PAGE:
Once Upon a Time in the Midlands (2003)

Once Upon a Time in the Midlands

TOMATOMETER

AUDIENCE SCORE

Critic Consensus: Though the concept is interesting and quirky, the drama fails to deliver.


Movie Info

Shane Meadows directed this film, which is the third and final chapter in his Nottingham Trilogy which also includes 1999's A Room for Romeo Brass and 1997's Twentyfourseven. Starring The Full Monty's Robert Carlyle, Once Upon a Time in the Midlands is a twist on the traditional Western film, transplanting the action to modern-day Nottingham, England. Jimmy (Carlyle) is a small-time criminal who comes back into town after seeing his old girlfriend turn down a marriage proposal on television. … More

Rating: R (for language)
Genre: Drama , Comedy
Directed By:
Written By: Shane Meadows, Paul Fraser
In Theaters:
On DVD: Feb 10, 2004
Runtime:
Sony Pictures Classics - Official Site

Cast


as Marlene

as Audience Guest

as Emerson

as Billy

as Plonko the Clown

as Kung Fu Clown

as Wrestling Clown

as Bingo Woman

as Bingo Caller

as Bingo Checker
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Critic Reviews for Once Upon a Time in the Midlands

All Critics (86) | Top Critics (31)

The family dynamics are intriguing, and the performances mildly diverting.

October 10, 2003
Orlando Sentinel
Top Critic

What Leone did for cowboys and crime, Once Upon a Time in the Midlands does for a more contemporary genre.

Full Review… | October 10, 2003
Detroit Free Press
Top Critic

Some strong performances make it go by fairly painlessly, but inconsistencies involving plot and character keep it from ever being more than marginally involving.

October 9, 2003
Arizona Republic
Top Critic

Largely unintelligible romantic comedy about a couple of annoying losers and their personality-free love interest.

Full Review… | October 9, 2003
Miami Herald
Top Critic

The movie is so busy being quirky that it's hard to relate to it.

Full Review… | October 2, 2003
Minneapolis Star Tribune
Top Critic

A little tedious to sit through.

September 26, 2003
Washington Post
Top Critic

Audience Reviews for Once Upon a Time in the Midlands

Shane Meadows is without doubt, one of the best British directors around at present. He knows his way around the working class lifestyle of Britain with a welcome and refreshing outlook that has, until his arrival, been commandeered by the likes of Ken Loach and Mike Leigh.
Waking up in a drunken haze Glaswegian crook Jimmy (Robert Carlyle) sees his ex, Shirley (Shirley Henderson), being proposed to on a daytime TV chat show. She spurns the proposal of Dek (Rhys Ifans) live on air, leading Jimmy to head back to his old town to claim back Shirley and his young daughter (Finn Atkins), that he left behind years ago.
After "TwentyFourSeven" and "A Room for Romeo Brass", this completes Shane Meadows' so called 'midlands trilogy' and with the actors involved, this has an abundance of quality. Despite this though, it's the weakest of the trilogy. That's not to say that there's nothing to enjoy, there is, and its plentiful. It just seems a bit too lighthearted in comparison with Meadows' other films. The excellent actors involved put in fine performances. Ifans and particularly Carlyle are two of the best in the business; Henderson is one of the most underated of actresses, deserving of far more attention and adding Kathy Burke and Ricky Tomlinson for some mild comic relief is always welcome. However, with this undoubted talent onscreen, it only makes it more frustrating that they aren't pushed to the extent that they're capable of. I suppose this is down to Meadows prefering a more humourous approach and if you're aware of this beforehand then you might not feel as disappointed with the lack of danger that he normally applies to certain characters. His use of a spaghetti western theme throughout a 'kitchen-sink' family drama is a wonderful touch though.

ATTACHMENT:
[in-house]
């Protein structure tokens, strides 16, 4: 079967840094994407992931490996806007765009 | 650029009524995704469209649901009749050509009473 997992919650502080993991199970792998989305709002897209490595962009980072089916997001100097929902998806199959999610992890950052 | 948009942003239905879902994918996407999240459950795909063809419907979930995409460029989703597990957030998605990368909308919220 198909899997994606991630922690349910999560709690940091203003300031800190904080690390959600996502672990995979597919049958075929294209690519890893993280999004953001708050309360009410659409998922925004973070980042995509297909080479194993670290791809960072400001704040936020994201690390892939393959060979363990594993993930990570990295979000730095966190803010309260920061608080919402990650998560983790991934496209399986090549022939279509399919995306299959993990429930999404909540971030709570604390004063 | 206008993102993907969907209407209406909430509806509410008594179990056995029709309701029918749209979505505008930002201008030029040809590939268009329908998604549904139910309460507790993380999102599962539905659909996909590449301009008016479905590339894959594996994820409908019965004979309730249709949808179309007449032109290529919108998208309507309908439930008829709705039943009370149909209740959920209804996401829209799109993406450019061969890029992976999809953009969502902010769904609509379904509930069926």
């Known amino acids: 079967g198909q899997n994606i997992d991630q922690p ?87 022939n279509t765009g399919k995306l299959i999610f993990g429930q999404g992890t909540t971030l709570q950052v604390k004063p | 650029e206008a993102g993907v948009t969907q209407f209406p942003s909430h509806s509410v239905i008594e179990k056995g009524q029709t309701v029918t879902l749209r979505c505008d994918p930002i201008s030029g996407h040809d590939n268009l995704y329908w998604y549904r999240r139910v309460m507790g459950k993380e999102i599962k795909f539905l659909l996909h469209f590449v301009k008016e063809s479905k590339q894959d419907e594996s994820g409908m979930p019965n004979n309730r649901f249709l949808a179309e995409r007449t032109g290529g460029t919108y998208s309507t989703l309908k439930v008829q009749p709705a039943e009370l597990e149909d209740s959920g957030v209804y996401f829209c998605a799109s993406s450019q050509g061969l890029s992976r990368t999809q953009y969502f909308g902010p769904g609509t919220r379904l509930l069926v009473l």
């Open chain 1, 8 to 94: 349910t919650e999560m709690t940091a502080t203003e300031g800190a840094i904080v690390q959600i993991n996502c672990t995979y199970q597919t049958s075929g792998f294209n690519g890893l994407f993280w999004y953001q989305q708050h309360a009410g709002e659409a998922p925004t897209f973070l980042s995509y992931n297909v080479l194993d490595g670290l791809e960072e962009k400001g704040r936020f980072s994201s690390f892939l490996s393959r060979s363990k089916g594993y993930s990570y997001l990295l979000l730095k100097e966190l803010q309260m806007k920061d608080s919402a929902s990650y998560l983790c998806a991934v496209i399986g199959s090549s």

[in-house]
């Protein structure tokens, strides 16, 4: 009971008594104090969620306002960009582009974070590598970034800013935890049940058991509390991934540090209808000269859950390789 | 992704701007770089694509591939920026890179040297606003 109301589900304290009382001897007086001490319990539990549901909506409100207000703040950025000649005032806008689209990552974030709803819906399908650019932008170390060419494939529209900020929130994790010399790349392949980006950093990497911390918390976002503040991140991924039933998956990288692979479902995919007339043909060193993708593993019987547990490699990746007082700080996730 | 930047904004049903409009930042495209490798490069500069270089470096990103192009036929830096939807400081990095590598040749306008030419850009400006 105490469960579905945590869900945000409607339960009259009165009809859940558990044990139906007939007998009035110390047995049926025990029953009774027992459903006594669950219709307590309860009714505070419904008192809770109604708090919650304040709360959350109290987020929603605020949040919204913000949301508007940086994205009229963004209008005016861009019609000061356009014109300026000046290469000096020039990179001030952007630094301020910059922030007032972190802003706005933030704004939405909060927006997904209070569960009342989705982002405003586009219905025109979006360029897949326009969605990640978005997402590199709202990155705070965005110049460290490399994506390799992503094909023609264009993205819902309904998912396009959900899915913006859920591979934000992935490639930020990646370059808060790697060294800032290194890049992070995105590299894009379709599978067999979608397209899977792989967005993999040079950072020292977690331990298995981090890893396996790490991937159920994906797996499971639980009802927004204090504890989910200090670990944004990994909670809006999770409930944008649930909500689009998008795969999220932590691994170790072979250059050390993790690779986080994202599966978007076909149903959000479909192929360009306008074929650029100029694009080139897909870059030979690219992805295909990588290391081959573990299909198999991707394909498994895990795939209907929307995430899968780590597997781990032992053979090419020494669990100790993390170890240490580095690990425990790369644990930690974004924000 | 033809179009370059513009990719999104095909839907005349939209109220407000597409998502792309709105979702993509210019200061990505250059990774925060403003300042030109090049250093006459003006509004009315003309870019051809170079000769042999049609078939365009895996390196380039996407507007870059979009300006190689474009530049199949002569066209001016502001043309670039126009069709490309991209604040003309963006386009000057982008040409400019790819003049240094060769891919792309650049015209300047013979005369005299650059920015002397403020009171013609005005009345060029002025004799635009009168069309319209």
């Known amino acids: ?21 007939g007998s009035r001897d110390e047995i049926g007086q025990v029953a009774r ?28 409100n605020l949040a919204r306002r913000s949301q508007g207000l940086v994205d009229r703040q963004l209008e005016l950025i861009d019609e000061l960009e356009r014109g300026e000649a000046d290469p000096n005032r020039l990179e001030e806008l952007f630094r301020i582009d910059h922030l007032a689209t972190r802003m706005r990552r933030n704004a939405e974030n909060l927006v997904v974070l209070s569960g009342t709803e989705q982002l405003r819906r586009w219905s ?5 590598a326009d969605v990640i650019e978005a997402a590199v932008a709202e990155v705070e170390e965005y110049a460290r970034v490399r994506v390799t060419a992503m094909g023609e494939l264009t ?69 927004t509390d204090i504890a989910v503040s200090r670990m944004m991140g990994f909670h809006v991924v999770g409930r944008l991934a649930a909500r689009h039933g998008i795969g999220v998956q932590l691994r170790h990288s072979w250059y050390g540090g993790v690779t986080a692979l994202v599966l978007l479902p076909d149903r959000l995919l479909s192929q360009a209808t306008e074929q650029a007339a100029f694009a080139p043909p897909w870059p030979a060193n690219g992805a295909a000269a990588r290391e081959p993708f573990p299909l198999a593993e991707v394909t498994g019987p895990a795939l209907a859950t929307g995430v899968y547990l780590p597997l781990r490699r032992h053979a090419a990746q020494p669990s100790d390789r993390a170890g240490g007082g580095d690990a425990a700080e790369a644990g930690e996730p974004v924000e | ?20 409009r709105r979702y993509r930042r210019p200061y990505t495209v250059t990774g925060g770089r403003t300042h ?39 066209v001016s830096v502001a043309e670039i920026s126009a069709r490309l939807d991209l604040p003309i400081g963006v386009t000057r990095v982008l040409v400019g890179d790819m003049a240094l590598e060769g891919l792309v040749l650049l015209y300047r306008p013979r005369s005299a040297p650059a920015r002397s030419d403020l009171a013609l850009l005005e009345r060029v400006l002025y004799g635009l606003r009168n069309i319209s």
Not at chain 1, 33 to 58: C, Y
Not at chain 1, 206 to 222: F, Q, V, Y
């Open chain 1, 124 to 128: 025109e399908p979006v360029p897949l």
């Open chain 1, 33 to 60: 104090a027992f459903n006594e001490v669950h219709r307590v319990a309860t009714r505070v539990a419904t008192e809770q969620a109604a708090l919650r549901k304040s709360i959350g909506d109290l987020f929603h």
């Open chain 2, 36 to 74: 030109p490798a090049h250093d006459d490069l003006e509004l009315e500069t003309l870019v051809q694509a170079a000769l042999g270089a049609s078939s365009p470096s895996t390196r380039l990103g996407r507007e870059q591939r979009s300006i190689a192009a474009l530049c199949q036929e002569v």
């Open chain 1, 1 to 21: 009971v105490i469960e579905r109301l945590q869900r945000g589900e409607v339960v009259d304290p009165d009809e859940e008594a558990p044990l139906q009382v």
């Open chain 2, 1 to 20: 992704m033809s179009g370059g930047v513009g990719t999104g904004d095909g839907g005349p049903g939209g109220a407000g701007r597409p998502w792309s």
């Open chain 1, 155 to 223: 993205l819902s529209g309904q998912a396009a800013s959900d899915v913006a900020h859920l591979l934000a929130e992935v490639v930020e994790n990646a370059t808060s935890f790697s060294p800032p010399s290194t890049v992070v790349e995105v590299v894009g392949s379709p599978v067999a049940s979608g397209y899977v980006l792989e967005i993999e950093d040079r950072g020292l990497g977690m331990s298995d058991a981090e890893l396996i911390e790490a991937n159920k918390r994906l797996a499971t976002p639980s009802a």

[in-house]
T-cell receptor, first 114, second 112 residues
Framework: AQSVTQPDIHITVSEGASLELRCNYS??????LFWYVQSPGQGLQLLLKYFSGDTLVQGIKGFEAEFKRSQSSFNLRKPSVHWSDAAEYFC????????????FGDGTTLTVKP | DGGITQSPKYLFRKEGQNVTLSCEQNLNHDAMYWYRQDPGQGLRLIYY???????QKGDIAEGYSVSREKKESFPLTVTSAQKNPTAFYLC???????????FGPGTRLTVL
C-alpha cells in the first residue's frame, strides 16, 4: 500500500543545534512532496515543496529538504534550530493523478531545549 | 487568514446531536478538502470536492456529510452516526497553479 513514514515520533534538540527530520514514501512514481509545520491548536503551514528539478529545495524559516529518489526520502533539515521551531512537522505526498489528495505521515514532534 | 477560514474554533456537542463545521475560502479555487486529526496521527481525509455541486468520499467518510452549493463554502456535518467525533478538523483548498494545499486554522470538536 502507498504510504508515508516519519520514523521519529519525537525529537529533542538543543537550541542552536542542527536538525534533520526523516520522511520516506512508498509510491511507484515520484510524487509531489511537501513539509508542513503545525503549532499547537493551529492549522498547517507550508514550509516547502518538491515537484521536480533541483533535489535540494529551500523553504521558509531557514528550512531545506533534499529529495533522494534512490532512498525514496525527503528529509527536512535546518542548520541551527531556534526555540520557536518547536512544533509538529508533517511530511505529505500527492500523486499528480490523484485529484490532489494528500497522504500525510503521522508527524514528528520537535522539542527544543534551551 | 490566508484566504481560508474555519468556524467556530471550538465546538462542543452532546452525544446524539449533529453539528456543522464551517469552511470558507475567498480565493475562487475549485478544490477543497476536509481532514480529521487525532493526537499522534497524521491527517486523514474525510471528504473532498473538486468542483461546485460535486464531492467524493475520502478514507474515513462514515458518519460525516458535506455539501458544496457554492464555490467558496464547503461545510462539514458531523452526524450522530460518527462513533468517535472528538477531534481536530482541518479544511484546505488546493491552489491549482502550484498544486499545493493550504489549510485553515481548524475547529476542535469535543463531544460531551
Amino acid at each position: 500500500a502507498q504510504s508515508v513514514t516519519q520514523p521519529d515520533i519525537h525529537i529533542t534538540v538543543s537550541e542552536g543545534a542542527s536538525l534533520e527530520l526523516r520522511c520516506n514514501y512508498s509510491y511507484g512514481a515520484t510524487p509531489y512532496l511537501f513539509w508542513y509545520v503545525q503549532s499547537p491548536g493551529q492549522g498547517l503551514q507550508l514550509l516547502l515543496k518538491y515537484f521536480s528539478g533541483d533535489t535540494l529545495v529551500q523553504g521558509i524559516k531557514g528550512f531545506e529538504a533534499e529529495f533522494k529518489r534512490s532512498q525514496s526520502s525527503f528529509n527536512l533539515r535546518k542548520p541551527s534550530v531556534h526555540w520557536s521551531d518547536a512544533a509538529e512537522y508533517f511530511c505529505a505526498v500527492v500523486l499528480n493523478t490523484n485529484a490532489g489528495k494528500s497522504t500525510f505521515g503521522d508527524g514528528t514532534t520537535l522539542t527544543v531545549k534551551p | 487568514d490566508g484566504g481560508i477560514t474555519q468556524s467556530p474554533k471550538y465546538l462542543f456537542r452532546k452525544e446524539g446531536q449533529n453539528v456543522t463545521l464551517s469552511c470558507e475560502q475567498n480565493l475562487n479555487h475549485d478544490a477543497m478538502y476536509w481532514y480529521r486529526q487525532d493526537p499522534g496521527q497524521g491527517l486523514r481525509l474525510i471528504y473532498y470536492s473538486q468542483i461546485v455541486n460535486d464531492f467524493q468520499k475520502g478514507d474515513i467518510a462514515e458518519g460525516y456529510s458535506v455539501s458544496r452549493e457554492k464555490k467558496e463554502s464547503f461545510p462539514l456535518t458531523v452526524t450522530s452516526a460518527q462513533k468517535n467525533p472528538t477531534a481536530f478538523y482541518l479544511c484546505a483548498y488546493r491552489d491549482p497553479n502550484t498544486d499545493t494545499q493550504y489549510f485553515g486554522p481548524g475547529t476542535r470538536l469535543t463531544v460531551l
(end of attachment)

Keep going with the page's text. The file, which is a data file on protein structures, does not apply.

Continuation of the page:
A good little comedy/drama that certainly entertains but it lacks any real emotional punch and should have made more of the fine ensemble of actors. Meadows' most impressive cast, yet strangely, one of his least impressive films.

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MrMarakai
Mark Walker

Super Reviewer

Been waiting for a while to watch this and found it hard to get hold of. You can certainly see the 'Shane Meadows' stamp on this one, but in comparrison to his other films, it doesn't quite measure up. Meadows himself, is pretty aware of this, as he has spoken of this in interviews.

That being said, it's a light entertaining film with some great British actors and although that worked to a certain degree, Meadows talent lies in being able to pick fresh talent/untrained actors creating a gritty life-like situation. This was more of a 'roughed up rom-com'

I did like the use of the talk show though, which strangely hasn't been used in any films that I am aware of.

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76Majikat
Lady D'arbanville

Super Reviewer

½

I can understand why Shane Meadows might not have too many fond memories of once upon a time, he had lots of problems with the producers who tried to mould him and pigeon-hole his film in the same category as The Full Monty and other worthless British disasters of recent history. I think the process has been beneficial to him though, it made a great director greater in my mind and as far as Once Upon a Time in the Midlands is concerned, it's just a few obvious flaws short of being a classic. I can totally see Shane Meadows intentions and I think he did brilliantly, this is a lovely film, miss it at your own peril!

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SirPant
Anthony Lawrie

Super Reviewer

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